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Since 1997, I have returned to and revisited textile materials through different types of approaches. As an artist, I have been working with soft sculptures and immersive installations. As an artist-teacher, I sought to (re-)introduced wool felting tradition to teacher students in Norway. As a researcher, I re-turn (Barad, 2014) my approach to wool felting and engage diffractively (ibid.) within teacher education.
I am now still exploiting a performative approach to the subject of arts and craft within teacher education. This approach is conjointly inspired by contemporary visual art form of expressions and by Barad’s performative ontology.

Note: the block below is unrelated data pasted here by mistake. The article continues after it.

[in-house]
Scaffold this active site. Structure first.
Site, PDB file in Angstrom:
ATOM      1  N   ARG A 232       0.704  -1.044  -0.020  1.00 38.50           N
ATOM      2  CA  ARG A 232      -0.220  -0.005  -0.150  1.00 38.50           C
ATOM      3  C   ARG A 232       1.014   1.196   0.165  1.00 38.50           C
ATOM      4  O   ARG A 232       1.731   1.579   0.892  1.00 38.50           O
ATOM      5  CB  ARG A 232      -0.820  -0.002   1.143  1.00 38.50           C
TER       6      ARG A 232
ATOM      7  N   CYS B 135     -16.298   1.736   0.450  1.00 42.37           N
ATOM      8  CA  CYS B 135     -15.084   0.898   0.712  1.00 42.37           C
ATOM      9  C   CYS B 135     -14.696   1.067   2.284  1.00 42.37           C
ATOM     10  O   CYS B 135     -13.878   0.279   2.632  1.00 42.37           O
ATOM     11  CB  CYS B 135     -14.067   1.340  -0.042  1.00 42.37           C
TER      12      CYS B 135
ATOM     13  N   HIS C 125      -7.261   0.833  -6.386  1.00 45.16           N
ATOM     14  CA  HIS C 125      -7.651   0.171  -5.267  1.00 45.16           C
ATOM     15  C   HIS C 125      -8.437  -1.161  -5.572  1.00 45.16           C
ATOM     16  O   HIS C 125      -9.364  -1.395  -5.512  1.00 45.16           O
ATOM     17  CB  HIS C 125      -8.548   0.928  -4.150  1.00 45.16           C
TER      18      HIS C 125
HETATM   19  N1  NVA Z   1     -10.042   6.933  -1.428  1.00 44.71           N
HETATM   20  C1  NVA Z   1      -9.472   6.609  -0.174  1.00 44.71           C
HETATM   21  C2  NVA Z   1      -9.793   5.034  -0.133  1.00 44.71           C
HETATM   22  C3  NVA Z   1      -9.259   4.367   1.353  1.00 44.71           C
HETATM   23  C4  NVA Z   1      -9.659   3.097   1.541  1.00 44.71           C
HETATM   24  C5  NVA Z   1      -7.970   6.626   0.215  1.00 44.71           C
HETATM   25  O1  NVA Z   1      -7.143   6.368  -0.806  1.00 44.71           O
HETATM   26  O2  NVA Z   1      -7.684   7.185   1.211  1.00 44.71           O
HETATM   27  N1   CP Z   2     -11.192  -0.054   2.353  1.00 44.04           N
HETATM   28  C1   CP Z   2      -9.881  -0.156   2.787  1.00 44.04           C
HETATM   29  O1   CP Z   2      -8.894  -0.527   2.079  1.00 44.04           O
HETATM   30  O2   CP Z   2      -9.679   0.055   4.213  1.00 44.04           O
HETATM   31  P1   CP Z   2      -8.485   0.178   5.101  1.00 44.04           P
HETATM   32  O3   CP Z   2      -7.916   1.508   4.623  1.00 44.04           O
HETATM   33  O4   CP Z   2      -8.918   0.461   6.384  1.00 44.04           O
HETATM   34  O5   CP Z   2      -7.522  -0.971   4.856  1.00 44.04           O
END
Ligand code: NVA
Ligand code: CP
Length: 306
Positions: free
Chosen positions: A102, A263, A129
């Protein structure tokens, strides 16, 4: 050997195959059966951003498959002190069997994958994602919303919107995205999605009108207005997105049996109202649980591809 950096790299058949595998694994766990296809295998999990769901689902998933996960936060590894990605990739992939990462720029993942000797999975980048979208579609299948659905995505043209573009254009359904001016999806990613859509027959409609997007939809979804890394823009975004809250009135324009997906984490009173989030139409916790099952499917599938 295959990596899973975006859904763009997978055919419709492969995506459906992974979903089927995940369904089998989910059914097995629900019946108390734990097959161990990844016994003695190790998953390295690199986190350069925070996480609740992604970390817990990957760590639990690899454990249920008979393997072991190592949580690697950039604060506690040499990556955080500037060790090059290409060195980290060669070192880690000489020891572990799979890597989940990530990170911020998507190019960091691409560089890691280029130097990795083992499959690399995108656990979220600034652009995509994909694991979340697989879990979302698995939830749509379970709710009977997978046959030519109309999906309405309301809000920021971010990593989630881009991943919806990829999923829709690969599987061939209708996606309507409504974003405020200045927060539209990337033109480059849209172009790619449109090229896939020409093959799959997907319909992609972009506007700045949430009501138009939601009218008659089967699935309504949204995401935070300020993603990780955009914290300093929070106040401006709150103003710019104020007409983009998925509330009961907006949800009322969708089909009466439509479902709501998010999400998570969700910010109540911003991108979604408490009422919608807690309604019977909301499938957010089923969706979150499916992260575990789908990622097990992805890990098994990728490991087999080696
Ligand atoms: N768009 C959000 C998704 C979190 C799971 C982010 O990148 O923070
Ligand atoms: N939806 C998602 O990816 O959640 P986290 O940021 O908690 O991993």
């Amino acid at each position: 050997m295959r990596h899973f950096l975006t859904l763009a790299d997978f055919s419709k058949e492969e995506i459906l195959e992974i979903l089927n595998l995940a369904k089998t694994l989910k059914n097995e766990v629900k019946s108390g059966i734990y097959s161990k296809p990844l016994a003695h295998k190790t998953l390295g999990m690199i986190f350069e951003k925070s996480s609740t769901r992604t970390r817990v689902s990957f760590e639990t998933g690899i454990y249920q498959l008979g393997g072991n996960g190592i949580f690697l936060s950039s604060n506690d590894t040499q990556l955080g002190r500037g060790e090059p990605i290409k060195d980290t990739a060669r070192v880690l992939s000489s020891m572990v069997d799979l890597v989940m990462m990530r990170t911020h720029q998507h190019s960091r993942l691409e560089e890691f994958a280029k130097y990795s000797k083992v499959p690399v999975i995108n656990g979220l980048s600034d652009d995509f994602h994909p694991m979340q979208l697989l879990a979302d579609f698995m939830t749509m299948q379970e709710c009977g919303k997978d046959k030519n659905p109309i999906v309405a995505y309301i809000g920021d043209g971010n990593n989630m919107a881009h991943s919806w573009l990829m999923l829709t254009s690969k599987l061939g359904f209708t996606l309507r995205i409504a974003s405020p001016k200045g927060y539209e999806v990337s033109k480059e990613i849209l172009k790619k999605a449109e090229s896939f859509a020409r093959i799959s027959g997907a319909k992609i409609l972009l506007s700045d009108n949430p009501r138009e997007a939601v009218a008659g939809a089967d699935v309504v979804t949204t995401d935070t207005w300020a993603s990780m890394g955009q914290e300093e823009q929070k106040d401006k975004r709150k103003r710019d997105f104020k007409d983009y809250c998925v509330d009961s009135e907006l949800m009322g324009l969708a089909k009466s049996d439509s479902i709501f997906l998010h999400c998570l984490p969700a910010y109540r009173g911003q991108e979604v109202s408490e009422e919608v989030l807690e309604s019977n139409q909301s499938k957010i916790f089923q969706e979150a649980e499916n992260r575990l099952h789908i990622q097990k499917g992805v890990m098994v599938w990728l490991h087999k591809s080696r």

In this text I attempt to convey my working processes as I relate how I started to engage with a performative approach to drawing in the field of arts and craft in teacher education, and how I now aim to enact further a performative approach to wool felting. This approach is inspired by post-humanism perspectives. Consequently, traditional binaries or dichotomies one can find in assumptions related to the humanities, as subject-object and theory-practice (van der Tuin and Dolphijn, 2010), are here deterritorialized to be simultaneously and differently reterriorialized (Deleuze and Guattari,1980). My approach goes thus beyond the theory-practice division to hold an intra-active pedagogy (Lenz Taguchi, 2010) and an ethico-onto-epistemological framework (Barad, 2007). This implies a set of mind considering an intimated relationship between making, being and knowing: all those aspects are present under a creative process, not isolated and nor independent of the process. Adopting a performative approach with my students, I do not necessarily privilege a linear approach and I do not necessarily privilege human agency above non-human entities. Following an ethico-onto-epistemological framework means here to merge the phenomenon of felting (beings) and its written study and analysis (ways of knowing).
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